The NRA spent more than $36 million on advertising supporting its favored candidates during the 2016 elections -- an all-time record. That support paid off big time when pro-gun Donald Trump won the top of his ticket and was sworn in as the 45th president of the United States on Friday. With Trump, along with firm Republican majorities in both the House and Senate, we could begin seeing loosened gun control laws in relatively short order.
What follows are just a few of the changes President Trump might propose.
Sea to shining sea reciprocity
On the campaign trail, Trump famously promised to expand reciprocity for holders of concealed carry permits, such that a gun owner with a permit issued in one state would be entitled to carry a weapon in all other states.
That's not how things work right now. If I have a concealed carry permit issued in Indiana, for example, it will be valid in 32 other states -- but 17 states and the District of Columbia will not recognize it, and can arrest me for concealed carrying in those jurisdictions. A permit issued in California, despite the state having even stricter gun laws, is not valid in 26 other jurisdictions. Conversely, an Alaska-issued permit is valid in all but 12 jurisdictions.
According to Trump: "A concealed carry permit ... should be valid in all 50 states. A driver's license works in every state, so it's common sense that a concealed carry permit should work in every state." In a very short time, he could make that opinion law.
Reverse President Obama's midnight executive actions
In the waning days of his administration, President Obama pushed through roughly two dozen executive actions designed to tighten gun control without the need for any laws being passed by Congress. Among other steps, Obama has directed the Centers for Disease Control to conduct research into gun violence, permitted doctors to ask patients whether they own guns, and required all firearms dealers to obtain federal licenses and conduct background checks on all buyers. The latter rule, issued just two weeks ago, requires anyone who sells a gun, even if only at a gun show or over the internet, to obtain a license and conduct background checks regardless of how many guns they sell. Failure to comply could earn a violator up to five years in prison and a fine of as much as $250,000.
President Trump immediately promised to "unsign" this directive once he takes office.
You have the right to remain silent
Meanwhile, Congressional Republicans are pushing a new law called the "Hearing Protection Act," aimed at reducing restrictions on the purchase of "silencers" for firearms. Currently, silencers are legal to purchase in 42 states. However, the purchase of a silencer entails the payment of a $200 federal tax, and requires a waiting period of up to 17 months to receive approval from the Bureau of Alcohol, Tobacco, and Firearms.
The act, by the way, gets its name from the fact that guns are loud -- your average 9mm pistol produces a retort measured at 160 decibels. Attaching a silencer drops this volume down to 125 decibels, which is less damaging to human ears, and also makes outdoor shooting ranges less of a public nuisance. (Click the link to get an idea of how loud gun reports can offend the ears of non-shooters.)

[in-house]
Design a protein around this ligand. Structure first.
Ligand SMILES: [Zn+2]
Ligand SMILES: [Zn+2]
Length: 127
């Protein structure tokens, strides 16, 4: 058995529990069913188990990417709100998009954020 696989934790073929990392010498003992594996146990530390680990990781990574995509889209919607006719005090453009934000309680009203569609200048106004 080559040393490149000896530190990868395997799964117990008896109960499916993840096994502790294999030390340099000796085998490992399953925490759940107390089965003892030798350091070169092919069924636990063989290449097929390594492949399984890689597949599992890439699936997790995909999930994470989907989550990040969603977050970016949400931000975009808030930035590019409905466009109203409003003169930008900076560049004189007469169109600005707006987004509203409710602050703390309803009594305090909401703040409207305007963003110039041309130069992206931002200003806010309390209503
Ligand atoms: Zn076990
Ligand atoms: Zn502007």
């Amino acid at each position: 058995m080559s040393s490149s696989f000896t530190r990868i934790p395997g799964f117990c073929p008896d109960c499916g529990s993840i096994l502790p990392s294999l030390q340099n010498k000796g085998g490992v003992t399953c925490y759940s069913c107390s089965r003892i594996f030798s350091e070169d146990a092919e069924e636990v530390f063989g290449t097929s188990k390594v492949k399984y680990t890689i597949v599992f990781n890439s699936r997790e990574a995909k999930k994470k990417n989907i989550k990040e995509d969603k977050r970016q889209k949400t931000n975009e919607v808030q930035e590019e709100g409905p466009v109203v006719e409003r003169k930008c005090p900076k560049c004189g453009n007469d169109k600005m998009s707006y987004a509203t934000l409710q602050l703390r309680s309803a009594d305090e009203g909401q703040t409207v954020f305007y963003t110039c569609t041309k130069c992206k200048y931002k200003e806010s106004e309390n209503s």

Opponents of the measure argue that permitting easy access to silencers will permit criminals to kill in silence. Proponents respond that silencers are only "rarely" used in crime -- and in any case, 125 decibels, while easier on the ears than 160 decibels, is far from "silent." 125 db may be quieter than a jackhammer (130 db) but it's still significantly louder than a police siren (115 db).
What it means for investors
While all of these laws may have an effect on the gun industry, it's this last one that might have the most visible effect on publicly traded gun businesses. American Outdoor Brands (SWBI -2.43%), the company formerly known as Smith & Wesson, sells handguns with specially threaded barrels to accept suppressors, for example, and could enjoy greater sales of such products if silencers become easier to buy. Rival Sturm, Ruger (RGR) actually makes and sells suppressors.
Now consider that as of the last report, Americans owned 265 million guns -- but fewer than 1 million silencers. That's a huge market that American Outdoor Brands and Sturm, Ruger would love to sell into. Easing restrictions on silencer sales could have follow-on effects, too. Granting easier access to suppressors could reduce noise complaints at open-air shooting ranges, making it easier for such businesses to open, which would attract more customers, resulting in more ammunition being used, resulting in more ammunition being sold, resulting in more sales (and profits) for ammo makers such as Olin Corp (OLN 2.01%), Vista Outdoor (VSTO -3.25%), and Orbital ATK (OA).
Long story short, any relaxation in America's gun laws under a Trump Presidency would be good news for the gun industry -- but easing restrictions on silencer sales could give the NRA the biggest bang for its campaign contribution bucks.
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